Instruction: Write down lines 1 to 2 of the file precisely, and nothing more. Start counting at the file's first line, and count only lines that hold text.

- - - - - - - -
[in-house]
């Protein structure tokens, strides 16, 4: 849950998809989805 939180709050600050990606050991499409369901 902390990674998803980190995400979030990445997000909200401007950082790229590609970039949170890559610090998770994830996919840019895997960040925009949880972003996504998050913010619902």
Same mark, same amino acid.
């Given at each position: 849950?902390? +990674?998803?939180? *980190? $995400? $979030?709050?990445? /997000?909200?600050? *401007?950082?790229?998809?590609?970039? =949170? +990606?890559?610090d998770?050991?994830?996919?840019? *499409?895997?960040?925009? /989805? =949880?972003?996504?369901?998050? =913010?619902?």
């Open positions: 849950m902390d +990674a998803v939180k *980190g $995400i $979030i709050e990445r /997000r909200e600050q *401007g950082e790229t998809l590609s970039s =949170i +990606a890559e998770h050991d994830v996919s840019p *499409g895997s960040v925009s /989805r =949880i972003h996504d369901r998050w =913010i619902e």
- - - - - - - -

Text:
[in-house]
């Protein structure tokens, strides 16, 4: 849950998809989805 939180709050600050990606050991499409369901 902390990674998803980190995400979030990445997000909200401007950082790229590609970039949170890559610090998770994830996919840019895997960040925009949880972003996504998050913010619902």